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The Dark Comedy of Thomas Midgley, Jr.

You might not expect this from a white movie fan with a blog, but I've picked up more than a few useless bits of trivia over the years.  A lot of this stuff just rattles around waiting for the right context to come out, but it never does - after all, at what point at a party can you say, "Have you ever heard about Inaccessible Island?"

Well, today I wanted to write a brief tribute to one particular bit of trivia.  There's still no context for this, but when has that ever stopped me?

Let's take a brief moment to honor the gallows humor that was the life of Thomas Midgley, Jr.

And here's that same picture of the guy that everybody always defaults to under the fair use license from Wikipedia

Until the middle of the twentieth century, Midgley would probably have gone down in history as one of the greatest minds and inventors the world has ever known.  Unfortunately, today we know him best as the inventor of both leaded gasoline and freon, which led to the proliferation of CFCs.  The double-whammy of environmental disasters, along with his bizarre death (he strangled himself in a machine he invented to help himself move around after he contracted polio) has led to him being a favorite oddity of history for the Internet, which frequently puts him on little trivia lists like this one and this one.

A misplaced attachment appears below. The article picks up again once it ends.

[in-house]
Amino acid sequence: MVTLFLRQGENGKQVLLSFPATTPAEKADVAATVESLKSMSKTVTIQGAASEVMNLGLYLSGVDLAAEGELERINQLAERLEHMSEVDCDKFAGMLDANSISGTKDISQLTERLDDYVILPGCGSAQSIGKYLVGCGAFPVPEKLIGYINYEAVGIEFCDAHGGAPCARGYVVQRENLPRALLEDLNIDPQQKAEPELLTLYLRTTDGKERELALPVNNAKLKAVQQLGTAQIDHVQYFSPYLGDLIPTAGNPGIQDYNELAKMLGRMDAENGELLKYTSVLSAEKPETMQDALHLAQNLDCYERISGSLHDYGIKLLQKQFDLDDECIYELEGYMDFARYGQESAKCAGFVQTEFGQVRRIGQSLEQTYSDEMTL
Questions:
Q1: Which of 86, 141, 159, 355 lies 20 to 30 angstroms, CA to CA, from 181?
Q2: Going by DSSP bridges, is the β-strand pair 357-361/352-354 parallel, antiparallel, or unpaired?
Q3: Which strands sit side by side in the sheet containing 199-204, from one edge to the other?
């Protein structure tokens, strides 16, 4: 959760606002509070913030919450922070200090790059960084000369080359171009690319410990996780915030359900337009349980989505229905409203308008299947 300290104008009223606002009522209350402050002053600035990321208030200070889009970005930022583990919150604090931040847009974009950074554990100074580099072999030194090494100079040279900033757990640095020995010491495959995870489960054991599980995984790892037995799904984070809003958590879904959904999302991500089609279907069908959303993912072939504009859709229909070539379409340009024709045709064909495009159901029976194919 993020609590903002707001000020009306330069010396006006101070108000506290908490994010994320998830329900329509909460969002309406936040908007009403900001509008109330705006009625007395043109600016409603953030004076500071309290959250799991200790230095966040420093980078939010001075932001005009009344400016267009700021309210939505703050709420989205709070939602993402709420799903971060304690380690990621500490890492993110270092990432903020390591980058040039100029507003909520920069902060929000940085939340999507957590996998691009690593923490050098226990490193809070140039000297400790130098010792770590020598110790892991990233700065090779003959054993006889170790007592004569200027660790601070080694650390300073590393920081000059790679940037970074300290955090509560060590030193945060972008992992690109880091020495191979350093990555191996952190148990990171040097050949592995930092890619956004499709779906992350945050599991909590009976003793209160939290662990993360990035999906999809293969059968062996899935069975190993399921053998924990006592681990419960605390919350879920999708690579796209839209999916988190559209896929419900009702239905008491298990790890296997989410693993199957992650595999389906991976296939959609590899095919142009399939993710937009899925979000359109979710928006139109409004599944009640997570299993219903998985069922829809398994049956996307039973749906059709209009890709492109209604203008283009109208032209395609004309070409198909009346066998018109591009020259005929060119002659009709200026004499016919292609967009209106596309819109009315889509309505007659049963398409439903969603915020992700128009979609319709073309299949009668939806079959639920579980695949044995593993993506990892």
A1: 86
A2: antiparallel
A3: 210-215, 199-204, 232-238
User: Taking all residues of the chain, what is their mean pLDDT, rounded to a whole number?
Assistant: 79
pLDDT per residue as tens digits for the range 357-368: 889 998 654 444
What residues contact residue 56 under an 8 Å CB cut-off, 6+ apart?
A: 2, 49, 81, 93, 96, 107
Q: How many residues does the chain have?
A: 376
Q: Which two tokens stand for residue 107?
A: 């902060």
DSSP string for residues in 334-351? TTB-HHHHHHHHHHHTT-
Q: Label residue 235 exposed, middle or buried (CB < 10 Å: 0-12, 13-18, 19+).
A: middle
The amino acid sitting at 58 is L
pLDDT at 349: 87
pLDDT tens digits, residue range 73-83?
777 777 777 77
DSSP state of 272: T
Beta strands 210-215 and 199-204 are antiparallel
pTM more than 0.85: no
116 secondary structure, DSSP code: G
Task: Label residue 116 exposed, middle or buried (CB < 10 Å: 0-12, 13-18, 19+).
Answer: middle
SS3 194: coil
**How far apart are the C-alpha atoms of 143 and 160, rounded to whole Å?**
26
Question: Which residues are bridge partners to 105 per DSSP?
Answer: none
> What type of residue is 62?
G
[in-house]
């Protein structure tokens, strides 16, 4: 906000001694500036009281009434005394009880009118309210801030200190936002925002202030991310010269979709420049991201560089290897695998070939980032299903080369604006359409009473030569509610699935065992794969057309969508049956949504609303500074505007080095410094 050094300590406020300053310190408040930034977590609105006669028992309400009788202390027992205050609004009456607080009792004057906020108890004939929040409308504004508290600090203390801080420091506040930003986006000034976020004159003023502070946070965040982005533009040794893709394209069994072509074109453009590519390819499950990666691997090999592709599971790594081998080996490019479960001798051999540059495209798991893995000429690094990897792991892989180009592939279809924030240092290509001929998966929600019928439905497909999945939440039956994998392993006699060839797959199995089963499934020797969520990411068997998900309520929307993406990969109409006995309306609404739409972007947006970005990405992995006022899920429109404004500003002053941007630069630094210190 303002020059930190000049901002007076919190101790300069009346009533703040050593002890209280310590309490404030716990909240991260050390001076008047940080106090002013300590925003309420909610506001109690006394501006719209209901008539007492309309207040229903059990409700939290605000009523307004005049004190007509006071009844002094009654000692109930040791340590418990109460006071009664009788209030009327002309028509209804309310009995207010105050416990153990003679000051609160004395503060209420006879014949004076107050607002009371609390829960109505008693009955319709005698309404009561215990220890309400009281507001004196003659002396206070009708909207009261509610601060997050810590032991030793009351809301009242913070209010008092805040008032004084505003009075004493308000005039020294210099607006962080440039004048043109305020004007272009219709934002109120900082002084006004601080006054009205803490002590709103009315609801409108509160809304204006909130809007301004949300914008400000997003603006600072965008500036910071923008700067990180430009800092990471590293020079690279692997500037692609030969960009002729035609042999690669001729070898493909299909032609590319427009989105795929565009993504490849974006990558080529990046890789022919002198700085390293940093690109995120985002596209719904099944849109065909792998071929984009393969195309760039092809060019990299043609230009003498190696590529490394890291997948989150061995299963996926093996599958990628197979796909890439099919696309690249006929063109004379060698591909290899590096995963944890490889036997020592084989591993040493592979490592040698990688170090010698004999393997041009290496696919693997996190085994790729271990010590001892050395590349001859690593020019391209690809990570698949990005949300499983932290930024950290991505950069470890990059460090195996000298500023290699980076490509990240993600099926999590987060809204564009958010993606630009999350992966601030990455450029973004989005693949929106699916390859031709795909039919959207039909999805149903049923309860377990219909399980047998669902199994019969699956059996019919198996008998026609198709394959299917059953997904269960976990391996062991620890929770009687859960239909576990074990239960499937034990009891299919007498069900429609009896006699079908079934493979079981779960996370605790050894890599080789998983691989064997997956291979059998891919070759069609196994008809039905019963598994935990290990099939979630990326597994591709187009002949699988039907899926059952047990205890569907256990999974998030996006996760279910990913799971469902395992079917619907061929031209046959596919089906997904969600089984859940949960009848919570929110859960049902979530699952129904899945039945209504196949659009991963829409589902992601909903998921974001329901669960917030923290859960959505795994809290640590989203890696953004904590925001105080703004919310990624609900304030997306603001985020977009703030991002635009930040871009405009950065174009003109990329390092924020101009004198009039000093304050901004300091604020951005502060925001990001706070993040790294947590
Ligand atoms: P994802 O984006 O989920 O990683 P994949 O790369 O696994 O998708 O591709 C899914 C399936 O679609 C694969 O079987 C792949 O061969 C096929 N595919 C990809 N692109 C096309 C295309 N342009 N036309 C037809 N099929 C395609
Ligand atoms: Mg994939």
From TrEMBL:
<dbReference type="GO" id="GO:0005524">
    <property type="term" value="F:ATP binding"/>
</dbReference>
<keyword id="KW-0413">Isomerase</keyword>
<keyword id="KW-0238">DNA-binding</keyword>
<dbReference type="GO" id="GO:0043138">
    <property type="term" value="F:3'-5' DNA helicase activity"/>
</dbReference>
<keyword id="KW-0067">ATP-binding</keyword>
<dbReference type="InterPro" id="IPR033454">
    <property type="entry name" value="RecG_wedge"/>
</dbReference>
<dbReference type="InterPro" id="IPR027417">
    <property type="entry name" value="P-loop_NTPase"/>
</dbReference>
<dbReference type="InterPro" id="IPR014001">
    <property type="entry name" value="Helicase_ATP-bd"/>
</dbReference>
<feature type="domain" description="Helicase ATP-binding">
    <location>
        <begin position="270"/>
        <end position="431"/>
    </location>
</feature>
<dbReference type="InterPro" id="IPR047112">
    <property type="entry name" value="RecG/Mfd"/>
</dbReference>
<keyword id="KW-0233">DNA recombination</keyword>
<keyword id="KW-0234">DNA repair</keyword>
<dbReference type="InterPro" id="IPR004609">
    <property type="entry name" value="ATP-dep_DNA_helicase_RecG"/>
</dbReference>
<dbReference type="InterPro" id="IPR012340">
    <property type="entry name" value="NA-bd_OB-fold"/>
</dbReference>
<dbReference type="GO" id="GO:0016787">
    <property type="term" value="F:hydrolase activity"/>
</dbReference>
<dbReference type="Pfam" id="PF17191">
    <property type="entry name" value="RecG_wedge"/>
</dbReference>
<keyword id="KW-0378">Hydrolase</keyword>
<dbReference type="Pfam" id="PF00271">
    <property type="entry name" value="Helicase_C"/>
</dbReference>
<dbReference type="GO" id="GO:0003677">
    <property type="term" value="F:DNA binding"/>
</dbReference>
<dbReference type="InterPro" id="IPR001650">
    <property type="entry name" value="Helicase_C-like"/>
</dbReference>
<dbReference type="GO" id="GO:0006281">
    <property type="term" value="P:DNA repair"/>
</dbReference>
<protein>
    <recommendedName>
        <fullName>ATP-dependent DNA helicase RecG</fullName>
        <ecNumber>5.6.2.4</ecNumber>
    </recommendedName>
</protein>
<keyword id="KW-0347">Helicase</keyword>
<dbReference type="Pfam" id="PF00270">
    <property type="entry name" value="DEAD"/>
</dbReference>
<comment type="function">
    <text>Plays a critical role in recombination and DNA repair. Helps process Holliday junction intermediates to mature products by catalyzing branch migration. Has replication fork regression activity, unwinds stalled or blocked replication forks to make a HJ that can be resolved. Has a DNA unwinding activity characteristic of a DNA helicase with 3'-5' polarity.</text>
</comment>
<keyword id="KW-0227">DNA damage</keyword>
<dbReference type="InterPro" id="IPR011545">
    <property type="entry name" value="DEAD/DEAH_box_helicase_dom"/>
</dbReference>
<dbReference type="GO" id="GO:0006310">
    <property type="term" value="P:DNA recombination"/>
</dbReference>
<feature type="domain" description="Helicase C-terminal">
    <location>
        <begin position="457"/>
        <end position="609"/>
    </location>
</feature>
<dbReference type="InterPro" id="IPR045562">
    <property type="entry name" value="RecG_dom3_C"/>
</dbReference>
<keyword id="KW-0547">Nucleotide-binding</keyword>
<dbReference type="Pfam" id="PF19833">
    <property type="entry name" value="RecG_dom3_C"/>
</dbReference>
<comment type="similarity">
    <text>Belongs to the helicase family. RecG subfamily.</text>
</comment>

But I'm not here to blow anybody's minds by talking about Midgley as if this is the first time you've ever heard of him.  (And if it is... hooray!  I get to be your source for useless trivia!)  What I'm more fascinated by is the legacy Midgley left behind.

His life story reminds me that "success" is merely the word we give for failure that people like.  At the time he invented CFCs, he was hailed as a genius and given awards for his hard work.  Just because his contributions are now a source of shame and regret doesn't change the fact that he was on his way to getting a Nobel Prize back then.

His legacy is the opposite of somebody like Emily Dickinson, who in life was unpublished and unknown, but who became a posthumous hit and whose works now hold a massive influence on literature and culture.  Dickinson probably had some snotty cousin who kept making fun of her poetry and sneered about it at her funeral.  ("Oh, she died alone and nobody ever read her stupid angst rhymes?  What a shock.")

Success is such a relative term with such a fleeting reward.  Maybe it's just because I'm constantly humbled by failure (and boy, do I mean constantly, like how just this morning I tripped on my shoelaces because I still can't tie a proper bow even at 31), but as I get older, I find myself less excited about the prospect of success.  The term continues to lose meaning and the allure keeps fading.

I find more joy in the adventure, in the pursuit of success.  When I actually achieve something, the glow lasts only as long as it takes me to realize there's something else I can be chasing.

And that's why I like the story of Thomas Midgley, Jr.  His success and failure were one and the same, and the real reward of his life wasn't what he did but what we learned from it.  In the wake of his contributions / destruction, we find ourselves on a global pursuit to undo his damage.  We are all now characters in his sequel, and if we pay enough attention, maybe we'll find a bit of wisdom in where we take the third act.

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